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Defective Earplug Lawsuits Piling Up

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Hundreds of individual lawsuits are filed after 3M agreed to pay the U.S. Government $9.1million to settle a “false claims act” lawsuit -- none of which went to military veterans suffering with hearing loss due to 3M’s defective Combat Arms Earplugs. And

Grand Rapids, MIMilitary veterans nationwide are hopeful that they can bring to court an injury you cannot see and prove why they cannot hear too well. More than 600 military service members have filed defective earplug lawsuits against 3M, the manufacturer.

Many branches of the military between 2003 and 2015 used Combat Arms Earplugs, and the lawsuits claim—as did the government whistleblower lawsuit-- that 3M knew early on that its earplugs were defective.

Kenyon from Radcliff, Kentucky told LawyersandSettlements that he had several deployments to Iraq and Afghanistan and conducted live fire ranges. “I have been diagnosed with tinnitus. I still have ringing in the ears, sometimes I can’t hear anything depending on the tone, and also earaches,” he says.

Charles from El Paso knows the earplugs he was issued “were not protecting the ear canals…they were not sized right and they would fall out if you were issued the wrong size. I could always hear my weapon.” The earplugs did, however, give the illusion of protection.

War Hero and Hearing Loss Advocate


3M made “dual ended” combat arms earplugs that were supposed to seal and protect against the hazard of combat noise. Retired 1st Sgt. Matt Eversmann told WBALTV.com that he has to constantly turn up the volume on the TV to hear it—even with hearing aids in both ears. Eversmann is the decorated war hero portrayed by Josh Hartnett in the 2001 film "Black Hawk Down”. Eversmann said he lost 60 percent of his hearing during the battle of Mogadishu, Somalia, in 1993.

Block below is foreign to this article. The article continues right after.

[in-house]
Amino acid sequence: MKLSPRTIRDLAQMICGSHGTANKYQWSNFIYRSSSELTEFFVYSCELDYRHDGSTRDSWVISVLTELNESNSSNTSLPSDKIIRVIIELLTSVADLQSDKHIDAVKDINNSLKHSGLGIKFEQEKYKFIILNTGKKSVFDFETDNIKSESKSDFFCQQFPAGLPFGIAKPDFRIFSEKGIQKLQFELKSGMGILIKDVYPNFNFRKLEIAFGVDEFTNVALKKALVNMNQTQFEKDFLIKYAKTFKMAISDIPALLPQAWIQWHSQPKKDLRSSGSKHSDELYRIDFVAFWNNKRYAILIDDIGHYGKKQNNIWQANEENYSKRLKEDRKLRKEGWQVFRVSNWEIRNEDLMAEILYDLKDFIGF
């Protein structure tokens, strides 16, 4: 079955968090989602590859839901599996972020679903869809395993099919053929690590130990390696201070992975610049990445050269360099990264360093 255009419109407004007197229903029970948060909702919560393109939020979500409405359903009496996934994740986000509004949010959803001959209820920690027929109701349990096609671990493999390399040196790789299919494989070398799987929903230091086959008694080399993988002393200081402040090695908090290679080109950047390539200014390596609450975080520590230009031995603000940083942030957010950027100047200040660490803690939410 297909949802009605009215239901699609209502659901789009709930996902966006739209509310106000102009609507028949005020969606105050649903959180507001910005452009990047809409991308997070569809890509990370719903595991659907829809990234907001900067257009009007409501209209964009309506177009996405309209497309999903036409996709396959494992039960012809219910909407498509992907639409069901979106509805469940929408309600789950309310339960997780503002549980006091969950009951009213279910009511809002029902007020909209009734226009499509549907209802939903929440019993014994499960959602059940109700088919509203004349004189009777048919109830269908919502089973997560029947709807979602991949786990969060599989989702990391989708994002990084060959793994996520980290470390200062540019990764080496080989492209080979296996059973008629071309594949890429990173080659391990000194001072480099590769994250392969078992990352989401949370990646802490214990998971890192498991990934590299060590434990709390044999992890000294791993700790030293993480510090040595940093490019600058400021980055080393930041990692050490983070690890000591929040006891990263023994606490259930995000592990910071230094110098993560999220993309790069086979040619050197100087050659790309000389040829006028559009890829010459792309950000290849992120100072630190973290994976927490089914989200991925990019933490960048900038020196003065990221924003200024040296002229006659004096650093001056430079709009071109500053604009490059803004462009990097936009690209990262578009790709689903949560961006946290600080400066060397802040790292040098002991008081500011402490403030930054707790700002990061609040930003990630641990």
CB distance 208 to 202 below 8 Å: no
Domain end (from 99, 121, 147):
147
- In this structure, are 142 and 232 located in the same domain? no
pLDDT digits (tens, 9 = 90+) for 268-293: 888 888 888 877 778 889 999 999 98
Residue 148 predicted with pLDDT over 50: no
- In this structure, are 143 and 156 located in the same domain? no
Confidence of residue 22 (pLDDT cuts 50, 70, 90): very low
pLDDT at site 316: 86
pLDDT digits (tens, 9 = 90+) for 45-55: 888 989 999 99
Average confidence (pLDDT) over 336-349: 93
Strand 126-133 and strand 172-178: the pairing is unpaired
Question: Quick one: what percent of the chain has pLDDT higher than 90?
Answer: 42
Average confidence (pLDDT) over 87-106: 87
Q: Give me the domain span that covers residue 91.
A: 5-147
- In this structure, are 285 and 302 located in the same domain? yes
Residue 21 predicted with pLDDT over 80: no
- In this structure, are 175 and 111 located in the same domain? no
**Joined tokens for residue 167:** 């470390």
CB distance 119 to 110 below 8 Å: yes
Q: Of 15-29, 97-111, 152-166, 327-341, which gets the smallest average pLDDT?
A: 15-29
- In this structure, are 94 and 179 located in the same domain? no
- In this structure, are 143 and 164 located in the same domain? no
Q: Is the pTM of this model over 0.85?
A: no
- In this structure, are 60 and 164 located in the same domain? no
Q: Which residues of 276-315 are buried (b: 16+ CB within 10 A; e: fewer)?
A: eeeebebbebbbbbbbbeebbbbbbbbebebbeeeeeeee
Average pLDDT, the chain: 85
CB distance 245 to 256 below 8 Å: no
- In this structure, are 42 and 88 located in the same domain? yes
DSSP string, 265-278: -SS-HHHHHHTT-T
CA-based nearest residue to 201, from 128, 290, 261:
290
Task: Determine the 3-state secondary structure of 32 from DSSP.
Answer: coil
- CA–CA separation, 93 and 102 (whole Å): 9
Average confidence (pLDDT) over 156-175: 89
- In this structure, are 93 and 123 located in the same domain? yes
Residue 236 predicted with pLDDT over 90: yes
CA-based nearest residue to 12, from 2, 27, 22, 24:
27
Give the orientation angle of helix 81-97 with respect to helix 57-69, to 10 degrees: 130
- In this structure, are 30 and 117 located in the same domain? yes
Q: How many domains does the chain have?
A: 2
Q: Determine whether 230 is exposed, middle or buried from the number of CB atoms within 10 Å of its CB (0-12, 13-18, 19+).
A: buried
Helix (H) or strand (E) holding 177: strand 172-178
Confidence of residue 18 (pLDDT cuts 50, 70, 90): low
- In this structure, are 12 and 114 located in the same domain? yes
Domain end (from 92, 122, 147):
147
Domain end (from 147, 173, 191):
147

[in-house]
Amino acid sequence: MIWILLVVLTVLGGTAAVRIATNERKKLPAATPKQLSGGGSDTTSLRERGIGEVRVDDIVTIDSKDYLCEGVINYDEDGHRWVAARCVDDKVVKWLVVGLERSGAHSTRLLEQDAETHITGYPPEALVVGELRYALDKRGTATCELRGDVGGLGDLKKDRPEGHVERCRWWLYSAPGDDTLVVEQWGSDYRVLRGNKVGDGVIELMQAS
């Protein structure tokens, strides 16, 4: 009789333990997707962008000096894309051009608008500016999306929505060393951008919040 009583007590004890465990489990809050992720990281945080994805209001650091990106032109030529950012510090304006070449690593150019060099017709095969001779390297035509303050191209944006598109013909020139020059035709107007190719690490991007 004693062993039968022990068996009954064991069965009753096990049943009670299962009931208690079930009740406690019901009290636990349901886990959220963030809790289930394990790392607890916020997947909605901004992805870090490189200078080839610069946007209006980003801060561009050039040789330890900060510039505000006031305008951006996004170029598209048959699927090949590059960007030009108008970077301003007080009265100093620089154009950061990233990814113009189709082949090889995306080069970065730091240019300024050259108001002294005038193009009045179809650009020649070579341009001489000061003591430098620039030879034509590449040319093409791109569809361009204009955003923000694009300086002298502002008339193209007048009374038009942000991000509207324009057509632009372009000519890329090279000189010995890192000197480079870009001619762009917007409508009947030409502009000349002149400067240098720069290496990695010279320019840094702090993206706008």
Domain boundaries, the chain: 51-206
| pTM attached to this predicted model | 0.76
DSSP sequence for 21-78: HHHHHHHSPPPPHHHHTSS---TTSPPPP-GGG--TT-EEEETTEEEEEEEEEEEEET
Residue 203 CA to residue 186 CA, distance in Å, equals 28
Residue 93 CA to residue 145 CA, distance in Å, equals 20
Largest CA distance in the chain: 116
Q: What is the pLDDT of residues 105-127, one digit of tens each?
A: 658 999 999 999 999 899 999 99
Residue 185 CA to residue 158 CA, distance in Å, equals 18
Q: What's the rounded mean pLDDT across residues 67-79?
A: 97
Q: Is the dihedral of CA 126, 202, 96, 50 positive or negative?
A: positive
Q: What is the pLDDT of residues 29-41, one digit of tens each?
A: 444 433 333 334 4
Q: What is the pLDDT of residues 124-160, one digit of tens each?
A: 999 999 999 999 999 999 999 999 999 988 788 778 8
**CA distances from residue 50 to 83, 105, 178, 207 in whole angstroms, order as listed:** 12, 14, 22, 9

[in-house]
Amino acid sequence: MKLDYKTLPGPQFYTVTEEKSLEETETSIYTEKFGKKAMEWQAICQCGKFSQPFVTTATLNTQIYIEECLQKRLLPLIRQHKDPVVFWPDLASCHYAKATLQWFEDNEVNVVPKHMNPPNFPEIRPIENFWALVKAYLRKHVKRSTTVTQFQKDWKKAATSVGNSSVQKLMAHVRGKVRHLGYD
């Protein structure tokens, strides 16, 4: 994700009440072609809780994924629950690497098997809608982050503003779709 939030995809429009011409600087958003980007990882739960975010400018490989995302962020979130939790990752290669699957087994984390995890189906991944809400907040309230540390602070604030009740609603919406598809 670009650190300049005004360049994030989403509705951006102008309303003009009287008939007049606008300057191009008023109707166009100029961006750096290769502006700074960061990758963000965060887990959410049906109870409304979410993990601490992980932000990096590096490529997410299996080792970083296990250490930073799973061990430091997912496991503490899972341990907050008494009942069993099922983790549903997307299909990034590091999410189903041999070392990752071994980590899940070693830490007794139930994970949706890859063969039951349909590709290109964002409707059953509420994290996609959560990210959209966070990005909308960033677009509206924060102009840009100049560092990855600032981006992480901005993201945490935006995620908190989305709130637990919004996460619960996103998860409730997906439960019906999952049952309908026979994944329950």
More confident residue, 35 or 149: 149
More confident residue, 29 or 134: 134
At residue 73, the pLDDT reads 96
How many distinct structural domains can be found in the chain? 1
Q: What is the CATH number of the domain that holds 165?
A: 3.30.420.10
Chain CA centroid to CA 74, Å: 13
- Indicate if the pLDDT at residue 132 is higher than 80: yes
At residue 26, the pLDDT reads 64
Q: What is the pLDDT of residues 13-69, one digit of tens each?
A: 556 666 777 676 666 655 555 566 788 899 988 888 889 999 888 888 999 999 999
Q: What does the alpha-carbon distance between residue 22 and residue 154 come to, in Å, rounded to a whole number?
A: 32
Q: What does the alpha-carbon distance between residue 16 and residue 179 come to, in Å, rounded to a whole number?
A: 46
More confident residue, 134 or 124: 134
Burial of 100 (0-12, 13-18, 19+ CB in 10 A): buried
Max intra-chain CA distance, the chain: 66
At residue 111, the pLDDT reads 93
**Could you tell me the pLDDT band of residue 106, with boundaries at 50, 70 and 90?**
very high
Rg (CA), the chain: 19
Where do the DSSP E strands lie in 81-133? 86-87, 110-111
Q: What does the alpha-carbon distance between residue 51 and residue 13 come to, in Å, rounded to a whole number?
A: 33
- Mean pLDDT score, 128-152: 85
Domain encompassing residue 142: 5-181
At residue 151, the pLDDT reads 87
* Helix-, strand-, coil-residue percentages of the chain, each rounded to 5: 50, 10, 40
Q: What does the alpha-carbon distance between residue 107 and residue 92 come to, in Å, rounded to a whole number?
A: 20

"The battlefield is a loud place. It's a loud place to work. Gunfire is loud. Machine-gun fire is loud. Bombs are loud. Mortars are loud and (improvised explosive devices) are loud, to the point where your molars will shake at the sounds you experience on the battlefield," Eversmann told the TV station.

Soldiers report hearing loss and tinnitus, which Eversmann describes as "constant, annoying, like bad staticky radio turned up really loud on both sides of your head.”

Fit to Serve Campaign


Eversmann used the 3M earplugs between 2006 and 2007 but his hearing was damaged back in 1993 so he isn’t involved in a lawsuit. Today he is an advocate for veterans and the National Spokesperson for the
“Fit to Serve” Campaign.

The two most prevalent service-related disabilities for Veterans are hearing loss and tinnitus (ringing in the ears), according to the Department of Veterans Affairs (VA). “The effect of hearing loss can be devastating to a Veteran, particularly as they adjust to a civilian lifestyle, and may contribute to depression, heightened stress, fatigue, and other challenges. For many Veterans, a lack of proper hearing healthcare exacerbates these symptoms, leading to strained relationships and inability to maintain a career.”

“Fit to Serve” says that despite the VA’s best efforts, the number of Veterans lacking adequate hearing healthcare services is quickly surpassing the VA’s ability to respond. Veterans often face long wait times to get appointments, extensive travel to the nearest VA clinic and limited follow-up care. Fit to Serve is working to lift existing restrictions in order to allow all qualified hearing aid specialists to, alongside the hearing professionals of the VA, provide hearing healthcare services to America’s Veterans.

Eversmann encourages soldiers with hearing loss and/or tinnitus to file a defective earplugs lawsuit. "If they wore the defective hearing protection, they should throw their hat in this and have it investigated, because all you're going to get from the VA, at best, is a new hearing aid," Eversmann said.

If you are a veteran – or you know a veteran— with hearing problems and you were active in any branch of the military between 2003 and 2015, you may be able to file a lawsuit against the earplug manufacturer. If you want to be compensated for medical bills, lost wages, pain and more, contact an experienced product liability attorney to help you file a claim.

READ ABOUT 3M DEFECTIVE EARPLUGS LAWSUITS

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